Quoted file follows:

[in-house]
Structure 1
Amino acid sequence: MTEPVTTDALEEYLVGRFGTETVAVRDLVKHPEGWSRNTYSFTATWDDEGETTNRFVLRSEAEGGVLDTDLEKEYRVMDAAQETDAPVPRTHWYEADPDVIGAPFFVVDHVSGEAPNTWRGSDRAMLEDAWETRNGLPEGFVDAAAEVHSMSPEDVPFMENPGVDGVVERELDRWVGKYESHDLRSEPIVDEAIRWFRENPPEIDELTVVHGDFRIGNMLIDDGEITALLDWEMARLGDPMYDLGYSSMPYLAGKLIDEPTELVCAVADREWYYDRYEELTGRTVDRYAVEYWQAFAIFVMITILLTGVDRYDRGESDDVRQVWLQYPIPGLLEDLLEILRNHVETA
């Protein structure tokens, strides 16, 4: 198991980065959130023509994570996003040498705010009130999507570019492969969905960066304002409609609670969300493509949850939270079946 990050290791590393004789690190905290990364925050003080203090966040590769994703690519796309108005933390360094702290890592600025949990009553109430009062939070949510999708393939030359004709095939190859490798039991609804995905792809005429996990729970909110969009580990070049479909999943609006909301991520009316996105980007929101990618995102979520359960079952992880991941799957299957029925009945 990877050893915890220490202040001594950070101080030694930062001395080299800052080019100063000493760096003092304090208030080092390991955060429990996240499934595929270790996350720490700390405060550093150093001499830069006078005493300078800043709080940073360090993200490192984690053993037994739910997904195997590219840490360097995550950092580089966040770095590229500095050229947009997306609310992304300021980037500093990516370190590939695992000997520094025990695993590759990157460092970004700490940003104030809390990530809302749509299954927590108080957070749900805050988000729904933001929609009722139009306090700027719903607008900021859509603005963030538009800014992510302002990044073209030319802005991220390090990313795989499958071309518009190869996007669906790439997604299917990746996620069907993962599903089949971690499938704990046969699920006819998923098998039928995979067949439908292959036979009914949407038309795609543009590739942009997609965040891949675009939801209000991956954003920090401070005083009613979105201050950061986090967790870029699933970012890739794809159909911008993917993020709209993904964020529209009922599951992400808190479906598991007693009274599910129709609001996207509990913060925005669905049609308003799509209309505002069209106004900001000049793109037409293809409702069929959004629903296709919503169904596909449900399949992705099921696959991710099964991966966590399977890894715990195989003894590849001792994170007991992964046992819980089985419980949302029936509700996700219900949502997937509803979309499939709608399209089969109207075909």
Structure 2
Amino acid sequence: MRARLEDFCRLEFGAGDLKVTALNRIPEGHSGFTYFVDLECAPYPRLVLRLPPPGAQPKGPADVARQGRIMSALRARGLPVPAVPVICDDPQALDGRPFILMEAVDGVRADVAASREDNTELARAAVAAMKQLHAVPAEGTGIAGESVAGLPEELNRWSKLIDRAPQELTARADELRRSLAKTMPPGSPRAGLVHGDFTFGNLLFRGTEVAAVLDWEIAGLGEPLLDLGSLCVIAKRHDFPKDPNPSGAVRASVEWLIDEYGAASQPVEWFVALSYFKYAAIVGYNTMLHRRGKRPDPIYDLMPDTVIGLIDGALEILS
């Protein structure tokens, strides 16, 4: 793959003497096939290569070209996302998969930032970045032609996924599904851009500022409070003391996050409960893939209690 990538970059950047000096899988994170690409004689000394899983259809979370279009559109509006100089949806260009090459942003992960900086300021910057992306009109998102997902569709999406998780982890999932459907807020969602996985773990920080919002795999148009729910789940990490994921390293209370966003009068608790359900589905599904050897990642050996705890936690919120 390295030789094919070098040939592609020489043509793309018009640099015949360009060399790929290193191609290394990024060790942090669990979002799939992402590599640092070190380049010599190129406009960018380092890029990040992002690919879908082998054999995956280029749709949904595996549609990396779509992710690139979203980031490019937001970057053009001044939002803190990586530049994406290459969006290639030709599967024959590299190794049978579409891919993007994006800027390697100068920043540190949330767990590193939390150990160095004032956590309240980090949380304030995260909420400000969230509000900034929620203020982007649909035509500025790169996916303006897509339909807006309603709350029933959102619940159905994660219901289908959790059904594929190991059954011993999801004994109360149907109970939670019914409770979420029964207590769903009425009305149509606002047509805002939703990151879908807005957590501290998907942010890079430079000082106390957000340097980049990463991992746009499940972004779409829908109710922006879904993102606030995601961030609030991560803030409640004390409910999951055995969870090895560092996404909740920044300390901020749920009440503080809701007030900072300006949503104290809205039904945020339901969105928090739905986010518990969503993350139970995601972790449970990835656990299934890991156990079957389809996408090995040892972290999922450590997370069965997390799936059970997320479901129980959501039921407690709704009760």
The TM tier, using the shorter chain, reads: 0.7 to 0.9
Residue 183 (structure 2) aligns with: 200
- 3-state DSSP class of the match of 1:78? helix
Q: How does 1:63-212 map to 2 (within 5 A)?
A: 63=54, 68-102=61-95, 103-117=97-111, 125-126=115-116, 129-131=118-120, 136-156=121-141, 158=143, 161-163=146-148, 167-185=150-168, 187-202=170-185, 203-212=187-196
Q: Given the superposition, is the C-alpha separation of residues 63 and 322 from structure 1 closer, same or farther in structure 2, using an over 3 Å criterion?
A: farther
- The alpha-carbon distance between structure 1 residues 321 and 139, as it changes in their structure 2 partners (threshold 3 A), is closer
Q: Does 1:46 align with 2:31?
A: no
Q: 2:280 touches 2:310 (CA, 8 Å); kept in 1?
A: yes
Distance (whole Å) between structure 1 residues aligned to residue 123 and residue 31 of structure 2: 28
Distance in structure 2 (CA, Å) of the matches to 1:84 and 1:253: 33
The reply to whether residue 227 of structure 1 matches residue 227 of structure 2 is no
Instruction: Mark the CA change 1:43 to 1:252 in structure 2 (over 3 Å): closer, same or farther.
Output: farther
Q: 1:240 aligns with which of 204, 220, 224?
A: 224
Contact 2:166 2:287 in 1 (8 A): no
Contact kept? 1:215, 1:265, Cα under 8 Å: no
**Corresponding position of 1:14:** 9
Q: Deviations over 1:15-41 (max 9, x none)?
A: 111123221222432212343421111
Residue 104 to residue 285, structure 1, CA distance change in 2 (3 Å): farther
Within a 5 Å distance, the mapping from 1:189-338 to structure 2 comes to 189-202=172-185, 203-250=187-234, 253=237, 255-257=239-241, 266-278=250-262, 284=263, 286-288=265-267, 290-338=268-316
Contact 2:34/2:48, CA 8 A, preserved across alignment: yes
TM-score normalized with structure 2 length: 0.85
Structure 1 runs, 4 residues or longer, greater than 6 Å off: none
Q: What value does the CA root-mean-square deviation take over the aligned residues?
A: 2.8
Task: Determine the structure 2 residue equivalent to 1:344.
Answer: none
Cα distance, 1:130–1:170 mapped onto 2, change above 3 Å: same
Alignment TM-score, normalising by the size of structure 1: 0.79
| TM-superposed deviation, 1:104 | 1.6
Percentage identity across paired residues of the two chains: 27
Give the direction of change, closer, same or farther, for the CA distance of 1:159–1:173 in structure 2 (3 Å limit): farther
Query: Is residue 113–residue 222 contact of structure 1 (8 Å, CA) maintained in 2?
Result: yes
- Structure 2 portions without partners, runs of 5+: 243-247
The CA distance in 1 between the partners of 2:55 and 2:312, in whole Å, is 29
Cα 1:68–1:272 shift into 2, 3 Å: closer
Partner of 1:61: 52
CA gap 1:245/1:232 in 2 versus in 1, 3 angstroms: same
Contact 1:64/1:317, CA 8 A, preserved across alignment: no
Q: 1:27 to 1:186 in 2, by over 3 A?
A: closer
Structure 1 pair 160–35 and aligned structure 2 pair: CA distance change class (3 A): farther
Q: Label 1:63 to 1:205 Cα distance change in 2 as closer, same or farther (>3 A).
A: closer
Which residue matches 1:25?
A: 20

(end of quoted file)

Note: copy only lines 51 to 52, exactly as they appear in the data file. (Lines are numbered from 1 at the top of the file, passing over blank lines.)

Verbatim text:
Partner of 1:61: 52
CA gap 1:245/1:232 in 2 versus in 1, 3 angstroms: same